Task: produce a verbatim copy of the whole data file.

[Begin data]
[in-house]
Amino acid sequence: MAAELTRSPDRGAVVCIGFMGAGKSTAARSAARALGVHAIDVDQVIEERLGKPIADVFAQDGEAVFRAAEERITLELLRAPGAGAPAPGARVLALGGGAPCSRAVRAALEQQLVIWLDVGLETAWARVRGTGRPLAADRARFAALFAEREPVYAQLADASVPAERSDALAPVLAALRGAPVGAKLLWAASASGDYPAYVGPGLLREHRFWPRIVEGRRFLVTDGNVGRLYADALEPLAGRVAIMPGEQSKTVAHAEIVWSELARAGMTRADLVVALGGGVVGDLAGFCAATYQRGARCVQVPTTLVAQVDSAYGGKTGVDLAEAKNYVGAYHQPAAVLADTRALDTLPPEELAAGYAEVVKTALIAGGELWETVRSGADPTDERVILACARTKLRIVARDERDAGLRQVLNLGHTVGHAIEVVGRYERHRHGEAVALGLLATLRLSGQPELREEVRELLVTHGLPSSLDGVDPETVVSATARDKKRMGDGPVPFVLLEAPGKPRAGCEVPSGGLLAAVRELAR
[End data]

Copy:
[in-house]
Amino acid sequence: MAAELTRSPDRGAVVCIGFMGAGKSTAARSAARALGVHAIDVDQVIEERLGKPIADVFAQDGEAVFRAAEERITLELLRAPGAGAPAPGARVLALGGGAPCSRAVRAALEQQLVIWLDVGLETAWARVRGTGRPLAADRARFAALFAEREPVYAQLADASVPAERSDALAPVLAALRGAPVGAKLLWAASASGDYPAYVGPGLLREHRFWPRIVEGRRFLVTDGNVGRLYADALEPLAGRVAIMPGEQSKTVAHAEIVWSELARAGMTRADLVVALGGGVVGDLAGFCAATYQRGARCVQVPTTLVAQVDSAYGGKTGVDLAEAKNYVGAYHQPAAVLADTRALDTLPPEELAAGYAEVVKTALIAGGELWETVRSGADPTDERVILACARTKLRIVARDERDAGLRQVLNLGHTVGHAIEVVGRYERHRHGEAVALGLLATLRLSGQPELREEVRELLVTHGLPSSLDGVDPETVVSATARDKKRMGDGPVPFVLLEAPGKPRAGCEVPSGGLLAAVRELAR